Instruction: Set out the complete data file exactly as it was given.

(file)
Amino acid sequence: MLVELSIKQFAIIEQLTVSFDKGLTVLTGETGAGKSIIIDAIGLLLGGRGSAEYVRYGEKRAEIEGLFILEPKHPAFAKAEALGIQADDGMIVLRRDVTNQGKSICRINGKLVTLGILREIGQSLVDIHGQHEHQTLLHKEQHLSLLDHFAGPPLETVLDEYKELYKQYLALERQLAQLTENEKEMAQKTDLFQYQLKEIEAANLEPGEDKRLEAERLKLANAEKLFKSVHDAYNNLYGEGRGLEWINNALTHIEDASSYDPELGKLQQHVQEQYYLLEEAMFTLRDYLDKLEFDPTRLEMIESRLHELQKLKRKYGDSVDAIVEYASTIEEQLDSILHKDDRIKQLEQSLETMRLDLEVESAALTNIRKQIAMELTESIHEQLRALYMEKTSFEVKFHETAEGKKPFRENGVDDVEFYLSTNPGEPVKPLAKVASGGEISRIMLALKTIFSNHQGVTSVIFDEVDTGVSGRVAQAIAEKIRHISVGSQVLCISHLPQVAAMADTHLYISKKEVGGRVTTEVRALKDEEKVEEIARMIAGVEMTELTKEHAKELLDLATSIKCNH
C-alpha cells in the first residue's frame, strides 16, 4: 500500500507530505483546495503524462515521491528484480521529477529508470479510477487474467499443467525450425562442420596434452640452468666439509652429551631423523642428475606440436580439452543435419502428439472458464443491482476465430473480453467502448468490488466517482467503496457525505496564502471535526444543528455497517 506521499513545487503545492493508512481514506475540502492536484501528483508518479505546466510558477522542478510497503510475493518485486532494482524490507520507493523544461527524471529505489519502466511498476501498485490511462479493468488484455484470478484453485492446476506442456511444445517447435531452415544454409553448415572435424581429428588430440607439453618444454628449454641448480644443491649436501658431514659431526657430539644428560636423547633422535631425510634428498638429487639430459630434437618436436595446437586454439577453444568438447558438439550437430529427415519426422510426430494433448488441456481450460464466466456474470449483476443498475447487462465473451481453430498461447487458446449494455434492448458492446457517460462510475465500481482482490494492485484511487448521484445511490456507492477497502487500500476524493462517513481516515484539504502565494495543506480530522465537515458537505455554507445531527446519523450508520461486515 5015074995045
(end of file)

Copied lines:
Amino acid sequence: MLVELSIKQFAIIEQLTVSFDKGLTVLTGETGAGKSIIIDAIGLLLGGRGSAEYVRYGEKRAEIEGLFILEPKHPAFAKAEALGIQADDGMIVLRRDVTNQGKSICRINGKLVTLGILREIGQSLVDIHGQHEHQTLLHKEQHLSLLDHFAGPPLETVLDEYKELYKQYLALERQLAQLTENEKEMAQKTDLFQYQLKEIEAANLEPGEDKRLEAERLKLANAEKLFKSVHDAYNNLYGEGRGLEWINNALTHIEDASSYDPELGKLQQHVQEQYYLLEEAMFTLRDYLDKLEFDPTRLEMIESRLHELQKLKRKYGDSVDAIVEYASTIEEQLDSILHKDDRIKQLEQSLETMRLDLEVESAALTNIRKQIAMELTESIHEQLRALYMEKTSFEVKFHETAEGKKPFRENGVDDVEFYLSTNPGEPVKPLAKVASGGEISRIMLALKTIFSNHQGVTSVIFDEVDTGVSGRVAQAIAEKIRHISVGSQVLCISHLPQVAAMADTHLYISKKEVGGRVTTEVRALKDEEKVEEIARMIAGVEMTELTKEHAKELLDLATSIKCNH
C-alpha cells in the first residue's frame, strides 16, 4: 500500500507530505483546495503524462515521491528484480521529477529508470479510477487474467499443467525450425562442420596434452640452468666439509652429551631423523642428475606440436580439452543435419502428439472458464443491482476465430473480453467502448468490488466517482467503496457525505496564502471535526444543528455497517 506521499513545487503545492493508512481514506475540502492536484501528483508518479505546466510558477522542478510497503510475493518485486532494482524490507520507493523544461527524471529505489519502466511498476501498485490511462479493468488484455484470478484453485492446476506442456511444445517447435531452415544454409553448415572435424581429428588430440607439453618444454628449454641448480644443491649436501658431514659431526657430539644428560636423547633422535631425510634428498638429487639430459630434437618436436595446437586454439577453444568438447558438439550437430529427415519426422510426430494433448488441456481450460464466466456474470449483476443498475447487462465473451481453430498461447487458446449494455434492448458492446457517460462510475465500481482482490494492485484511487448521484445511490456507492477497502487500500476524493462517513481516515484539504502565494495543506480530522465537515458537505455554507445531527446519523450508520461486515 5015074995045